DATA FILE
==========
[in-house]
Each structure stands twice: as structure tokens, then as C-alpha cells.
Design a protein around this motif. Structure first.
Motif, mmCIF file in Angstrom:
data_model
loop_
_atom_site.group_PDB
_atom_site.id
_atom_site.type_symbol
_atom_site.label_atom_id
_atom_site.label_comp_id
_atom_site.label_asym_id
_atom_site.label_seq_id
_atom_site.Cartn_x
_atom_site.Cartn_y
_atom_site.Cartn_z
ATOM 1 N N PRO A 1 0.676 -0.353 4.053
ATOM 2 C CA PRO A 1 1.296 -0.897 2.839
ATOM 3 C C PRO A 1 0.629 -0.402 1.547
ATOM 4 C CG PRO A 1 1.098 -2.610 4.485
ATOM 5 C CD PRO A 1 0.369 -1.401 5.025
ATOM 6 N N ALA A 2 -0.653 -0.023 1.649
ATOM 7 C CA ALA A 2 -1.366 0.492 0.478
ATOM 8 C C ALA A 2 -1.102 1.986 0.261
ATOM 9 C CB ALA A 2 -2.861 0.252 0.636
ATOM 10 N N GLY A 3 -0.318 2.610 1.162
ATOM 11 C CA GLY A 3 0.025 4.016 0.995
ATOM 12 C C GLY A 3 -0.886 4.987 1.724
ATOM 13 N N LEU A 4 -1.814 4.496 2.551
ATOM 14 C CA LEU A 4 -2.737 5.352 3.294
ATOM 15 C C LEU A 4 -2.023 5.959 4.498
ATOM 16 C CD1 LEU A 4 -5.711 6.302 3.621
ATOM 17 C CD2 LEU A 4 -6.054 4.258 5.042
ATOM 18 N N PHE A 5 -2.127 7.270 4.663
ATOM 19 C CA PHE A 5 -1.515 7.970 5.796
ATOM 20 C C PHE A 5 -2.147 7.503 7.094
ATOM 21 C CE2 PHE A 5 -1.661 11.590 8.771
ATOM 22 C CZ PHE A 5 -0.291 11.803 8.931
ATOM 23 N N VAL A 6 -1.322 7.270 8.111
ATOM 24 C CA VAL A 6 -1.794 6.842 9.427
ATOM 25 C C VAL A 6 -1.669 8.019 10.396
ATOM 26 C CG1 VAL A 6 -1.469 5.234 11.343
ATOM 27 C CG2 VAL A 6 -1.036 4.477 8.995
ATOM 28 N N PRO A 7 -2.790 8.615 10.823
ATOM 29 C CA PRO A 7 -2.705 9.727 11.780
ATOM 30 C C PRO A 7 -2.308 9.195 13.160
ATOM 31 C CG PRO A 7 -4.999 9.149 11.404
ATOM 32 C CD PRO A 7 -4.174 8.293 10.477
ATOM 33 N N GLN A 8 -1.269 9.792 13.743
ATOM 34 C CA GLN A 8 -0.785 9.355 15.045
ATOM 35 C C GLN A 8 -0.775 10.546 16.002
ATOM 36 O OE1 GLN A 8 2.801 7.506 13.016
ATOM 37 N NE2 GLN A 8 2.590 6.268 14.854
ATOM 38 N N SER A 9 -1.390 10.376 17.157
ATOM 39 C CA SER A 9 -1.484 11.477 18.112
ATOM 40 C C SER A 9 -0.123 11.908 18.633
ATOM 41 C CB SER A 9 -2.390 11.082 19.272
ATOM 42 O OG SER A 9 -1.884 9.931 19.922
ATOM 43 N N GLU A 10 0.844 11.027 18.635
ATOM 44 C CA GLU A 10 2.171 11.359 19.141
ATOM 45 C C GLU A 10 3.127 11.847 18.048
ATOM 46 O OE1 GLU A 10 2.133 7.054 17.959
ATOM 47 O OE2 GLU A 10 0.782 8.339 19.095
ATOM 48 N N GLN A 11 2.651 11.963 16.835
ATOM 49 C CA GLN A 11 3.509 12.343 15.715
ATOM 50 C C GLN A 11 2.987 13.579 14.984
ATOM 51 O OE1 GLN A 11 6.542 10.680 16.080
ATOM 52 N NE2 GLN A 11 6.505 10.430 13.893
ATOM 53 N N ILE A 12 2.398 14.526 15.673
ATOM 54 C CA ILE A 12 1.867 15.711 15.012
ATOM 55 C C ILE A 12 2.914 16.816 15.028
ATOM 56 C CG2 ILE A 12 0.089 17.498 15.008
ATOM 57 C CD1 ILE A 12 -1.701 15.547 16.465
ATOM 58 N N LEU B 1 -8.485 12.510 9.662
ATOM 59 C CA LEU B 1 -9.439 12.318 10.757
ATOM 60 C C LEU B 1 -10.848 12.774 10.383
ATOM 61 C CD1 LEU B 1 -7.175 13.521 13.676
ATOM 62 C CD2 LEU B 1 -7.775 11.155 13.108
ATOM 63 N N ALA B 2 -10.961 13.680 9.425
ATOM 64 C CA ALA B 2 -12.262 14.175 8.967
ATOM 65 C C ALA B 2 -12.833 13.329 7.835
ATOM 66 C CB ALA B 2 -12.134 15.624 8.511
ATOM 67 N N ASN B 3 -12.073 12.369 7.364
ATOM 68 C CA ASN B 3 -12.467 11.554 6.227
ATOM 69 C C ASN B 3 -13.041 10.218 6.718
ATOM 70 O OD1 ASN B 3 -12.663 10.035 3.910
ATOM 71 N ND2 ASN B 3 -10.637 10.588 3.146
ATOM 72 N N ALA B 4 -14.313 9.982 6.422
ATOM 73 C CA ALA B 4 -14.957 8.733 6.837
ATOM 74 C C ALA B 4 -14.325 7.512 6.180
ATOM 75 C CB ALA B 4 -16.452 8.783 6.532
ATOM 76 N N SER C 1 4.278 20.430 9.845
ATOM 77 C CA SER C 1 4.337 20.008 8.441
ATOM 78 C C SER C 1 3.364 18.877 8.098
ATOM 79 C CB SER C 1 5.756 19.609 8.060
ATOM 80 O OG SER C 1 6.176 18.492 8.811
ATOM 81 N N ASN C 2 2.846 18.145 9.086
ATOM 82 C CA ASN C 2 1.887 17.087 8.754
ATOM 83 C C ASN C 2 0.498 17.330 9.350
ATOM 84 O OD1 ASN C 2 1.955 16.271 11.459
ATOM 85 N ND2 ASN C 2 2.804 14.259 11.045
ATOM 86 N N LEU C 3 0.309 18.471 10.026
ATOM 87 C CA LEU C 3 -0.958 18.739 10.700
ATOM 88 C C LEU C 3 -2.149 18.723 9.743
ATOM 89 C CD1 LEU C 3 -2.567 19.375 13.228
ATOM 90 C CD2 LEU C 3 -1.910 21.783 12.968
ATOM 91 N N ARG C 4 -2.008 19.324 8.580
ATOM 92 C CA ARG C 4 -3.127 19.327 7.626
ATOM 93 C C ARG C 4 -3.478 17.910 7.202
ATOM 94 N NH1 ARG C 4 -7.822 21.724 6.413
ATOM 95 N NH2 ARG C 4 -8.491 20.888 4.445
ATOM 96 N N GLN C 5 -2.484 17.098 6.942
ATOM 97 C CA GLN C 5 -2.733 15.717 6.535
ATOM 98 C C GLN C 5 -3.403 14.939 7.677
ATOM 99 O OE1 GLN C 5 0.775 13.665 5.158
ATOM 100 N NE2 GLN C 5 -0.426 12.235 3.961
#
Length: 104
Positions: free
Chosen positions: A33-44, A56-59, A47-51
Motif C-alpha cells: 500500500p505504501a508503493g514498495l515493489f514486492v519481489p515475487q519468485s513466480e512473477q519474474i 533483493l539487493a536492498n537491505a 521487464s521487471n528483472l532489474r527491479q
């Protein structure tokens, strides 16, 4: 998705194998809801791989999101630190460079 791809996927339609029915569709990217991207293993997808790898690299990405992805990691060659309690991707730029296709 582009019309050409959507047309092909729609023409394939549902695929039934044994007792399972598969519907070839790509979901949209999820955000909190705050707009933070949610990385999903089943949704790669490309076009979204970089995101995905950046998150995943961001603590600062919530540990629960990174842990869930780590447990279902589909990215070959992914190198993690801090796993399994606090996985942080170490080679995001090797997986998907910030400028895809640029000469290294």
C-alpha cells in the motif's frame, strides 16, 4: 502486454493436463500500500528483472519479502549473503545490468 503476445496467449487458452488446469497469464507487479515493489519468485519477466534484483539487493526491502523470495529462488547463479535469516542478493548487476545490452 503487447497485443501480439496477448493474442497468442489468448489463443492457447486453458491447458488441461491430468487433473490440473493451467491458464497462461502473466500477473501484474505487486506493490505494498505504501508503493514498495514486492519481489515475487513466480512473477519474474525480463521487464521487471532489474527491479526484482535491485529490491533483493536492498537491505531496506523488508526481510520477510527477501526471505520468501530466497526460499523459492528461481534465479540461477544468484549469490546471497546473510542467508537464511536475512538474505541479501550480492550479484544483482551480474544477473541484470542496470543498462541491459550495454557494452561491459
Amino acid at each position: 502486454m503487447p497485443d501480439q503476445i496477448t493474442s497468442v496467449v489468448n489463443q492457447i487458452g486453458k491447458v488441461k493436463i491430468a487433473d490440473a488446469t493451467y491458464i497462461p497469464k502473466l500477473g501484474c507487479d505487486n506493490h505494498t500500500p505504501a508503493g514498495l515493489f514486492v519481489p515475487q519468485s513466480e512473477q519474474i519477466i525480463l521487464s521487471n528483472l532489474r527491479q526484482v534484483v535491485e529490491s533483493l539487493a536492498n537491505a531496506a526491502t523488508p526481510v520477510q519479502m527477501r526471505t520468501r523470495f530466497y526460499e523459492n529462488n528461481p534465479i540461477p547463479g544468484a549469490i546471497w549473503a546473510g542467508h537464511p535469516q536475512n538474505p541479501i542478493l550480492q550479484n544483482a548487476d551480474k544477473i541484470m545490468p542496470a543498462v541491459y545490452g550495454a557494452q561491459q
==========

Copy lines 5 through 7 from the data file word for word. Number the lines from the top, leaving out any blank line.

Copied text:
data_model
loop_
_atom_site.group_PDB